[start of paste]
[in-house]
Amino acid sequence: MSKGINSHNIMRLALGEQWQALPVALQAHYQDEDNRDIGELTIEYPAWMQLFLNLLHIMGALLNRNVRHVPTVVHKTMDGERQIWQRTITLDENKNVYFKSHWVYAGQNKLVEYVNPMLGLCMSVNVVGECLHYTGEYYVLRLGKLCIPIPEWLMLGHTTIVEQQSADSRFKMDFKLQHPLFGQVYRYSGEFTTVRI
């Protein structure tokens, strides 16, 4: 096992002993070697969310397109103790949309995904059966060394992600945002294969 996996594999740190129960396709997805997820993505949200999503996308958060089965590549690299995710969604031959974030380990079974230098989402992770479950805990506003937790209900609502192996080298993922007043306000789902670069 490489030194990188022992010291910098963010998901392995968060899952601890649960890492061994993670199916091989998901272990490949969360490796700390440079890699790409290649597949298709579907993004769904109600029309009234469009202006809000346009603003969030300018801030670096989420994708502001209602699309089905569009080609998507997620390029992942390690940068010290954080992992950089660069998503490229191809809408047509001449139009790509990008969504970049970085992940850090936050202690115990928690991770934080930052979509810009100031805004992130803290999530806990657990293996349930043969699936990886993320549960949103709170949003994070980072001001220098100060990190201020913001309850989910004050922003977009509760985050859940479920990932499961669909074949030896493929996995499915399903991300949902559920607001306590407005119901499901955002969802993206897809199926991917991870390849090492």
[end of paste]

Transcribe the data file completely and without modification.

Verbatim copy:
[in-house]
Amino acid sequence: MSKGINSHNIMRLALGEQWQALPVALQAHYQDEDNRDIGELTIEYPAWMQLFLNLLHIMGALLNRNVRHVPTVVHKTMDGERQIWQRTITLDENKNVYFKSHWVYAGQNKLVEYVNPMLGLCMSVNVVGECLHYTGEYYVLRLGKLCIPIPEWLMLGHTTIVEQQSADSRFKMDFKLQHPLFGQVYRYSGEFTTVRI
């Protein structure tokens, strides 16, 4: 096992002993070697969310397109103790949309995904059966060394992600945002294969 996996594999740190129960396709997805997820993505949200999503996308958060089965590549690299995710969604031959974030380990079974230098989402992770479950805990506003937790209900609502192996080298993922007043306000789902670069 490489030194990188022992010291910098963010998901392995968060899952601890649960890492061994993670199916091989998901272990490949969360490796700390440079890699790409290649597949298709579907993004769904109600029309009234469009202006809000346009603003969030300018801030670096989420994708502001209602699309089905569009080609998507997620390029992942390690940068010290954080992992950089660069998503490229191809809408047509001449139009790509990008969504970049970085992940850090936050202690115990928690991770934080930052979509810009100031805004992130803290999530806990657990293996349930043969699936990886993320549960949103709170949003994070980072001001220098100060990190201020913001309850989910004050922003977009509760985050859940479920990932499961669909074949030896493929996995499915399903991300949902559920607001306590407005119901499901955002969802993206897809199926991917991870390849090492």